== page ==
Because disasters don’t happen every day, they knew they needed to do something else to keep veterans and first responders engaged. There were a couple of years of no disasters to respond to and they were all sitting around having chapter meetings with nothing else to do. This is when the idea of outdoor adventures came into play and it gave them the opportunity to bring back moral and camaraderie during their down time. If they couldn’t deploy, then they wanted to go and do something else, something social. A few of the trips have included scuba diving, sky diving, spartan races, hunting and fishing trips. Team Rubicon, another veteran service organization, calls the time between disasters “deployment blues.” This is a time that veterans and first responders feel down and out because they are not with their brothers and sisters. One of the first outdoor adventures was a Spartan Race ran by 2 Marines that SgtMaj found from the wounded warrior battalion. In 2019, SDIA partnered with the vet centers and were able to achieve larger scale adventures; including and not limited to New Your Tunnel to Tower, Buffalo River excursions and snowmobiling at Yellowstone. For the larger outdoor adventures, they can accommodate up to 80 attendees. They have learned that the magic number is 36 to ensure each veteran and first responder is receiving the attention they need and deserve. These adventures help instill there is a healthier lifestyle out there. All they have to do is be willing to
Get Up Off The Couch, go out and do within their community. 

As a community, there are several ways we can help Sheep Dog continue in their disaster responses and aiding in outdoor adventures. The most common need are monetary donations. They need that stability to pay all the overhead, to assist the men and women that they take on adventures and disaster response missions. Not only that, but fuel, travel and food are huge expenses that they can’t necessarily pay for without those donations. Another way to help is with in kind donations. Gifts in kind is a type of charitable giving in which, instead of giving money to buy needed goods and services, the goods and services themselves are given. Gift cards are also a great way to give. During each disaster response, many trips to Walmart, Lowes and Home Depot happen in order to purchase necessities during that given time. It is very expensive for the organization to transport a lot of goods needed. With the hardship of any disaster, there are veterans that just had their house flooded or destroyed that need those specialized items to store their family pictures, memorabilia and important paperwork. Having those gift cards allows the teams to purchase containers, rubbermaids and any other needed items to lessen the heartache and stress the victims are undergoing.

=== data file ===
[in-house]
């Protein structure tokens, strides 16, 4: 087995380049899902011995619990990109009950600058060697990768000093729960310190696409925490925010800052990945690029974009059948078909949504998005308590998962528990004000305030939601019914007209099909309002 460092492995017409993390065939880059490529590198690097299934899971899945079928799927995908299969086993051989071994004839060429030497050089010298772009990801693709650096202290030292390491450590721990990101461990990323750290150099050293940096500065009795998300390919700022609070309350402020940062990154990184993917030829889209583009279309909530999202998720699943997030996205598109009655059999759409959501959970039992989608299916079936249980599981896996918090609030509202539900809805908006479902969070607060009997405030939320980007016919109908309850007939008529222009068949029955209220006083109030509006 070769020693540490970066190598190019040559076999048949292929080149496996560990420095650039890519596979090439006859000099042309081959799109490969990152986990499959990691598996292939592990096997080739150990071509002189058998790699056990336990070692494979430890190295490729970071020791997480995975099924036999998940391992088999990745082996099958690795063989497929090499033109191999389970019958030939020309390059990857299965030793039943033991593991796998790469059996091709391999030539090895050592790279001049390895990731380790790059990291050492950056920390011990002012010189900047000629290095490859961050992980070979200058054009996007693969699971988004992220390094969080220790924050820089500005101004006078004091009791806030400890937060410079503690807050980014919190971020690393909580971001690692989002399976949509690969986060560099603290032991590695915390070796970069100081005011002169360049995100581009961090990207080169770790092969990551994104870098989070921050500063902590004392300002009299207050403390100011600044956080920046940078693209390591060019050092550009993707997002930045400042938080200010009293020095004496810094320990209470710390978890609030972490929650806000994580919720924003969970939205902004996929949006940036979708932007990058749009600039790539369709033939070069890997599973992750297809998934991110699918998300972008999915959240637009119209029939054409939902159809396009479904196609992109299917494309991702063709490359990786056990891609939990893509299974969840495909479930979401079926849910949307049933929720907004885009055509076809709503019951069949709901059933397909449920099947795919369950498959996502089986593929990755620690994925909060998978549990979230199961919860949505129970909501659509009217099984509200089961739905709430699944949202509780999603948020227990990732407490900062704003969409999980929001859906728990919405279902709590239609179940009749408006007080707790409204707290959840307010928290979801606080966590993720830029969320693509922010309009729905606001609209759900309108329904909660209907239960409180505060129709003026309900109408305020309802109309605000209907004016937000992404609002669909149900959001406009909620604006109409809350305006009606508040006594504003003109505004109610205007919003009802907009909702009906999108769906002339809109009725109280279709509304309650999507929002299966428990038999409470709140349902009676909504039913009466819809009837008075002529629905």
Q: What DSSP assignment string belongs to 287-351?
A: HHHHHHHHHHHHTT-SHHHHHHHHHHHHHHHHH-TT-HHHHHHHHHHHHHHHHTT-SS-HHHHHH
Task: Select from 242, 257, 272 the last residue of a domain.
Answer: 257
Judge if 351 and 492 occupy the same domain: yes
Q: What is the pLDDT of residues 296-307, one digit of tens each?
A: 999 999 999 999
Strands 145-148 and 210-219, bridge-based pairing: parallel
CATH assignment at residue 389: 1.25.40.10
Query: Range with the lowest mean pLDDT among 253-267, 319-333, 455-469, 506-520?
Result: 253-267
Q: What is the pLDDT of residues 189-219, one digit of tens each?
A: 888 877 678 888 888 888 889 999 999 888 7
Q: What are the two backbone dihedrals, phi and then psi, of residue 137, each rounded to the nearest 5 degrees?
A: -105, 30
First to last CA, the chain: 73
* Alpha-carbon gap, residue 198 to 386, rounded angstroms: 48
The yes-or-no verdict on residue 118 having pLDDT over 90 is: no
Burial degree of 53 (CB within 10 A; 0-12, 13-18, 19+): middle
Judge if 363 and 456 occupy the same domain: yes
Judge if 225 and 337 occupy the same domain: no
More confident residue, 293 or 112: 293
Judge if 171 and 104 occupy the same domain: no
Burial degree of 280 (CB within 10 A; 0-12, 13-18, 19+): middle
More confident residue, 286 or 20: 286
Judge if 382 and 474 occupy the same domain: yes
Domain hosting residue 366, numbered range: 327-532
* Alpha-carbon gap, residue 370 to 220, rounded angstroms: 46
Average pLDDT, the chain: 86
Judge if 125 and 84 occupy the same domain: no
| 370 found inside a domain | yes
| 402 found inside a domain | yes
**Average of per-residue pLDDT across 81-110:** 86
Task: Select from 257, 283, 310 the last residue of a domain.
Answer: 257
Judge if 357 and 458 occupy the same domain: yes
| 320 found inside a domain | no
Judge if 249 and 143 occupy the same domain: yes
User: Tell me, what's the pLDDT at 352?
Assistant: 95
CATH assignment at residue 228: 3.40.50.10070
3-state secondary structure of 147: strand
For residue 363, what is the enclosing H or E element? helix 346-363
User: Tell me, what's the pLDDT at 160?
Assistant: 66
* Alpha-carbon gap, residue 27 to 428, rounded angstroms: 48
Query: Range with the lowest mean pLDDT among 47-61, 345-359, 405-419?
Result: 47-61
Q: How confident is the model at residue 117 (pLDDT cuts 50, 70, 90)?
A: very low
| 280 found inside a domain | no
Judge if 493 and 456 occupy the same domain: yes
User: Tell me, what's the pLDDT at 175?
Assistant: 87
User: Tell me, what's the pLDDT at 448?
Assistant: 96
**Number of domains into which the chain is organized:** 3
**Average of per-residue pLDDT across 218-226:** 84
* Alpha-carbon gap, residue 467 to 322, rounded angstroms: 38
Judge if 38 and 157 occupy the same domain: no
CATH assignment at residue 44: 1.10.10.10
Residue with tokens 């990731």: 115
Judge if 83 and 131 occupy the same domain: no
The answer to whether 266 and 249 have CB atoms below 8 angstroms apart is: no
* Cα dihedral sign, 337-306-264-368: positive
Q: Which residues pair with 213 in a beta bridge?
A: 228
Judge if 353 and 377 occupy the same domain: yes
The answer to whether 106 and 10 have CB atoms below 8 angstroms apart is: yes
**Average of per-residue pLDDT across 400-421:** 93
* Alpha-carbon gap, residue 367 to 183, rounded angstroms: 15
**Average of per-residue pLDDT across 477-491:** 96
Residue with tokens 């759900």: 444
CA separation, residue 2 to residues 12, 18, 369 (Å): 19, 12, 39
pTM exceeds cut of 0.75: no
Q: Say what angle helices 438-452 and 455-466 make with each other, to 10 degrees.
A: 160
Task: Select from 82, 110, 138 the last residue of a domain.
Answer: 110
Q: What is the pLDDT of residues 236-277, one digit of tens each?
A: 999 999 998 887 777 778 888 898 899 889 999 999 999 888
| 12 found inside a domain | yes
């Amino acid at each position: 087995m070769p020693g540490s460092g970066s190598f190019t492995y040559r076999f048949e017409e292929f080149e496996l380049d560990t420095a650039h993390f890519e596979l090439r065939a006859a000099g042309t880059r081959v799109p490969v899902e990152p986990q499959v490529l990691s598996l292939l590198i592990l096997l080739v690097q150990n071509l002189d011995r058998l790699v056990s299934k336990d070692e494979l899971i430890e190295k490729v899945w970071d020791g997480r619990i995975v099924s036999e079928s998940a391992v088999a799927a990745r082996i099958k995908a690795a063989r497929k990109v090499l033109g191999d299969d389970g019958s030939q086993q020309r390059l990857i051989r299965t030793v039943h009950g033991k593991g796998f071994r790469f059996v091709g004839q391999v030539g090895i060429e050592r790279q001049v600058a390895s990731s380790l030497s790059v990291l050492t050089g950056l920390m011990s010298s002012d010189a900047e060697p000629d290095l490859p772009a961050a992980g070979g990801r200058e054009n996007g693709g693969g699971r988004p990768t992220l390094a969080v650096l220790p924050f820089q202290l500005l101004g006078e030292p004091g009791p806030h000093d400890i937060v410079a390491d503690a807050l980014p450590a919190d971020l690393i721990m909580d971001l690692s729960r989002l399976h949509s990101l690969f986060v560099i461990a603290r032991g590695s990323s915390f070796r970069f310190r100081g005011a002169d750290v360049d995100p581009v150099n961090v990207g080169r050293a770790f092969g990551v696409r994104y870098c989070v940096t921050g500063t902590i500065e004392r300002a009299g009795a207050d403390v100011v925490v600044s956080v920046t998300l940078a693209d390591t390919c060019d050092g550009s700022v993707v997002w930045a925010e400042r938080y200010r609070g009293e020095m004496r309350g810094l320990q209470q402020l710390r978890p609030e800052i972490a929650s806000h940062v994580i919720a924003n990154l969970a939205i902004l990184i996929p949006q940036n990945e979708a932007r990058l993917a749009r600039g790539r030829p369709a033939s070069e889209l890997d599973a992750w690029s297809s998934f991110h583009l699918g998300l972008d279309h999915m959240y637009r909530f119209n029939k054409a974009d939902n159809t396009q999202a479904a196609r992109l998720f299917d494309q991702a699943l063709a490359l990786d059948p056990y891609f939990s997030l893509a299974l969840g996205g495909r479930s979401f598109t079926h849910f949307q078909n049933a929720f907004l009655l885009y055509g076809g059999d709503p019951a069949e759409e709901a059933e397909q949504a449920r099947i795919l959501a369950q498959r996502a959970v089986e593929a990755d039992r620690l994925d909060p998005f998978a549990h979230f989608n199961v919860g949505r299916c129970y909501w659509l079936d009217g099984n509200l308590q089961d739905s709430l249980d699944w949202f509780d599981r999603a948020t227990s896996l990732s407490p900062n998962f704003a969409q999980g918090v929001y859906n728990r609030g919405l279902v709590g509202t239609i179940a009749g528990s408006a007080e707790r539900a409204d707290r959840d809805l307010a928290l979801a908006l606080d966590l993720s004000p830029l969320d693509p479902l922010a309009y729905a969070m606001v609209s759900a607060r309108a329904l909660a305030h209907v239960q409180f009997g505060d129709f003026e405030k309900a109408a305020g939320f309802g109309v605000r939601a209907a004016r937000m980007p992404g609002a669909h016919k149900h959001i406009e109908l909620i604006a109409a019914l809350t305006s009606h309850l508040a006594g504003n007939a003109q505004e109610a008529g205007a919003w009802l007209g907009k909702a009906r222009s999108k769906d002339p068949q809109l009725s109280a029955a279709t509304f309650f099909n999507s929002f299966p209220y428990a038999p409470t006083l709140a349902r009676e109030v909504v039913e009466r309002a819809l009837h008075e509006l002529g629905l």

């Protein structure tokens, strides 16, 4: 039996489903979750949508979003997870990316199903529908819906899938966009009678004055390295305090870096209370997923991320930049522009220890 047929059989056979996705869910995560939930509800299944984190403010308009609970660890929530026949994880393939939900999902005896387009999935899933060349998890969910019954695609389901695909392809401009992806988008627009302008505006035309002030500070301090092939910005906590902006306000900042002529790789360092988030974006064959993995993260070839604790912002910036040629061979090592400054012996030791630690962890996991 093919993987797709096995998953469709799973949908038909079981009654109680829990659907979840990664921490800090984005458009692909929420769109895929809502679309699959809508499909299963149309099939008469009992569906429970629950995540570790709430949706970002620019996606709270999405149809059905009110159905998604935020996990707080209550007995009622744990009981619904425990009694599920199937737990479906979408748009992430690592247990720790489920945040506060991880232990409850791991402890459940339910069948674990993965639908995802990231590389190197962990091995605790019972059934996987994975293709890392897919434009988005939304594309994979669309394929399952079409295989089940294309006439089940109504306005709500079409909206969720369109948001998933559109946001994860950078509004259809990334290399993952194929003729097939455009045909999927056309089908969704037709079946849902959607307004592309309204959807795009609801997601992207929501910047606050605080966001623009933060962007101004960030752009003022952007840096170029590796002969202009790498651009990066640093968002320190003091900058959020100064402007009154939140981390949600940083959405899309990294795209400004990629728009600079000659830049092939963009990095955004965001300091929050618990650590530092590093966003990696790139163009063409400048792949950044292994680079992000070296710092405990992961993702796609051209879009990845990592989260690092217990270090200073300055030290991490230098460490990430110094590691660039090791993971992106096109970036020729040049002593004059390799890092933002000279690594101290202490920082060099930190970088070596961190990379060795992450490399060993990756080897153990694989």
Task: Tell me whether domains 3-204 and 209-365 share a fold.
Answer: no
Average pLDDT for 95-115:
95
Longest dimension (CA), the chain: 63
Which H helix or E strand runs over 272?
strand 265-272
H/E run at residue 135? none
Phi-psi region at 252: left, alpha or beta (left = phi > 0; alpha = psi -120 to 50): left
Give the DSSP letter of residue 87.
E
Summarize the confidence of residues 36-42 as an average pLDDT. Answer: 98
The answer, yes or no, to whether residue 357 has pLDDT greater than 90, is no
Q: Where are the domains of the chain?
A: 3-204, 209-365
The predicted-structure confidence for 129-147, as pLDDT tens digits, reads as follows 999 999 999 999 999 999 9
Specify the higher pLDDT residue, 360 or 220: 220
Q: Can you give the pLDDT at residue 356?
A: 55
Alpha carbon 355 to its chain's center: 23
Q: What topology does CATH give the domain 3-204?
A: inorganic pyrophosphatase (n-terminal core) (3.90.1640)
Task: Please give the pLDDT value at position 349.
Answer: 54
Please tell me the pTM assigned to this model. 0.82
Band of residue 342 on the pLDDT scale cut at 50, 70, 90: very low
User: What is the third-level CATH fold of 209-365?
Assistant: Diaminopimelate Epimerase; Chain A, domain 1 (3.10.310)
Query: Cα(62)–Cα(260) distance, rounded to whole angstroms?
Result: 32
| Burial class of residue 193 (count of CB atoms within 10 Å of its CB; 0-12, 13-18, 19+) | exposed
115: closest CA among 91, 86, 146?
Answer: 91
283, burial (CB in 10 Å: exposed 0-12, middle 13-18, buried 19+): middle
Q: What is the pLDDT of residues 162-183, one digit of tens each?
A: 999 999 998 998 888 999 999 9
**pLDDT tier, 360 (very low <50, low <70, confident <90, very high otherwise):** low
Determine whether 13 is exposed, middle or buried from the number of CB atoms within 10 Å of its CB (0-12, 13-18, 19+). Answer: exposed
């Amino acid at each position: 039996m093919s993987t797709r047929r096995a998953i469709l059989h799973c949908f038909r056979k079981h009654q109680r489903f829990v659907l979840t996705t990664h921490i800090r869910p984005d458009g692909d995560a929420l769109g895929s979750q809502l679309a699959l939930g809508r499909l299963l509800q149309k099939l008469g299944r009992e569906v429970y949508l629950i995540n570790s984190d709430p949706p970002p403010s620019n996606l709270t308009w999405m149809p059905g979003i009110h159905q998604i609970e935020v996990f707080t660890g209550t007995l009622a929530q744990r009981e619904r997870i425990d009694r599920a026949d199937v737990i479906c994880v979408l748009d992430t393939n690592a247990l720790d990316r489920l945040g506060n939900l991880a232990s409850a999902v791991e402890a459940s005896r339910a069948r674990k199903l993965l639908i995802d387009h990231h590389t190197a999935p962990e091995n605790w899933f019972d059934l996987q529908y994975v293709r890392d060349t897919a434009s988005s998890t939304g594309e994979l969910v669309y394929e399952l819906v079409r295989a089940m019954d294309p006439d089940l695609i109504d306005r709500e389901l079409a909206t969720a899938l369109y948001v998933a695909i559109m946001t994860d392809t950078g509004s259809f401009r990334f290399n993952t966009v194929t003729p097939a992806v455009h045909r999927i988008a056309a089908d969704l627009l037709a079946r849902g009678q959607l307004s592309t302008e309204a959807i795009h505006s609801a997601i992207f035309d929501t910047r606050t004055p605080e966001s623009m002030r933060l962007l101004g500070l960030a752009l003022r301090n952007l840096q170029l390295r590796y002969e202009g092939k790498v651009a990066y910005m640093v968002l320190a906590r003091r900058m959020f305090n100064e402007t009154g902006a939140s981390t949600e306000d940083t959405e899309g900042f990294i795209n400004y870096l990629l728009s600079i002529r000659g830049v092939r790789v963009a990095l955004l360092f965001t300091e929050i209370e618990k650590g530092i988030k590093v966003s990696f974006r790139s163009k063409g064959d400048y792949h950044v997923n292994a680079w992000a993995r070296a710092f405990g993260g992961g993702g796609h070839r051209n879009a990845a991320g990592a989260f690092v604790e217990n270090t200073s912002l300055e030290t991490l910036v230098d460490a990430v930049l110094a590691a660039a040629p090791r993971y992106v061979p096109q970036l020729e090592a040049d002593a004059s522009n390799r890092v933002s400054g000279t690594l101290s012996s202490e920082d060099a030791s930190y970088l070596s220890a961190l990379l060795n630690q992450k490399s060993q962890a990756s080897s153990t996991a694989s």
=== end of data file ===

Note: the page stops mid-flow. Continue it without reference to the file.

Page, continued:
Besides outdoor adventures and disaster responses, Sheep Dog loves to get involved within their community throughout the year. One of their biggest fundraisers is the Turkey Trot. Held every Thanksgiving morning, their Turkey Trot for Heroes 5K is an exciting event that garners the full support of local runners, running organizations and our communities. In addition to the traditional 5K run, they have a Wild Gobbler 5K (a 5K with 5 stations of exercises throughout the route dedicated to fallen heroes,) a 1-Mile fun run/walk, and a virtual 5K. Proceeds from the race fund their disaster response and outdoor adventure programs, allowing SDIA to help fellow Sheep Dogs Get Off The Couch and reengage in living a meaningfully productive life with a renewed sense of purpose. Another great fundraising opportunity is their holiday assistance program. This allows them to feed veterans and first responders along with their families. They also provide toys for their children. These small acts of kindness go a long way, especially during the holidays.

For more information about Sheep Dog Impact Assistance please visit

With all the bad in the world, let’s do our best to spread some good!